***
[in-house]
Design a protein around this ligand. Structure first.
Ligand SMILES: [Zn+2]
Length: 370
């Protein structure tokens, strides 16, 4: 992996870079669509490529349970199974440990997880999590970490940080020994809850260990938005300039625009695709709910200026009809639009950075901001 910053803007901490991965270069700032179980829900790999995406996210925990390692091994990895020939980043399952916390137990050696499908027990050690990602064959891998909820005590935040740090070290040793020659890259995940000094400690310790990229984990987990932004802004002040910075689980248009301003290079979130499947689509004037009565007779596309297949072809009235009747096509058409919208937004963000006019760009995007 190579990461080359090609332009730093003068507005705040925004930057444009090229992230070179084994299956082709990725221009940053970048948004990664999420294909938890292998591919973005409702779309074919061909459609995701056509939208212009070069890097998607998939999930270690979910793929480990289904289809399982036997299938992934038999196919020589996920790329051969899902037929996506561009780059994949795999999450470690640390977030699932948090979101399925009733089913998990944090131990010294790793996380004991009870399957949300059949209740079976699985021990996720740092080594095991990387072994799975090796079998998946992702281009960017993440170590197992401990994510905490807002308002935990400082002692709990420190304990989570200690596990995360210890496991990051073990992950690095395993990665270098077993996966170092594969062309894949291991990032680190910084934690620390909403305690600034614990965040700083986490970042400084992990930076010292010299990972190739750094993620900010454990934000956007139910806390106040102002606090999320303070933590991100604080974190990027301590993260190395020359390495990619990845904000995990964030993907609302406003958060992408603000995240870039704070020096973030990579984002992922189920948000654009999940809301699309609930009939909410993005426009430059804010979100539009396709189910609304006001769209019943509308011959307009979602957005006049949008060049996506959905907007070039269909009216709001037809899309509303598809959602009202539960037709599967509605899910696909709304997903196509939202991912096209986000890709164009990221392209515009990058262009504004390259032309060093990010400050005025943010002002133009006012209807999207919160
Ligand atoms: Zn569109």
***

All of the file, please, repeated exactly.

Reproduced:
[in-house]
Design a protein around this ligand. Structure first.
Ligand SMILES: [Zn+2]
Length: 370
């Protein structure tokens, strides 16, 4: 992996870079669509490529349970199974440990997880999590970490940080020994809850260990938005300039625009695709709910200026009809639009950075901001 910053803007901490991965270069700032179980829900790999995406996210925990390692091994990895020939980043399952916390137990050696499908027990050690990602064959891998909820005590935040740090070290040793020659890259995940000094400690310790990229984990987990932004802004002040910075689980248009301003290079979130499947689509004037009565007779596309297949072809009235009747096509058409919208937004963000006019760009995007 190579990461080359090609332009730093003068507005705040925004930057444009090229992230070179084994299956082709990725221009940053970048948004990664999420294909938890292998591919973005409702779309074919061909459609995701056509939208212009070069890097998607998939999930270690979910793929480990289904289809399982036997299938992934038999196919020589996920790329051969899902037929996506561009780059994949795999999450470690640390977030699932948090979101399925009733089913998990944090131990010294790793996380004991009870399957949300059949209740079976699985021990996720740092080594095991990387072994799975090796079998998946992702281009960017993440170590197992401990994510905490807002308002935990400082002692709990420190304990989570200690596990995360210890496991990051073990992950690095395993990665270098077993996966170092594969062309894949291991990032680190910084934690620390909403305690600034614990965040700083986490970042400084992990930076010292010299990972190739750094993620900010454990934000956007139910806390106040102002606090999320303070933590991100604080974190990027301590993260190395020359390495990619990845904000995990964030993907609302406003958060992408603000995240870039704070020096973030990579984002992922189920948000654009999940809301699309609930009939909410993005426009430059804010979100539009396709189910609304006001769209019943509308011959307009979602957005006049949008060049996506959905907007070039269909009216709001037809899309509303598809959602009202539960037709599967509605899910696909709304997903196509939202991912096209986000890709164009990221392209515009990058262009504004390259032309060093990010400050005025943010002002133009006012209807999207919160
Ligand atoms: Zn569109």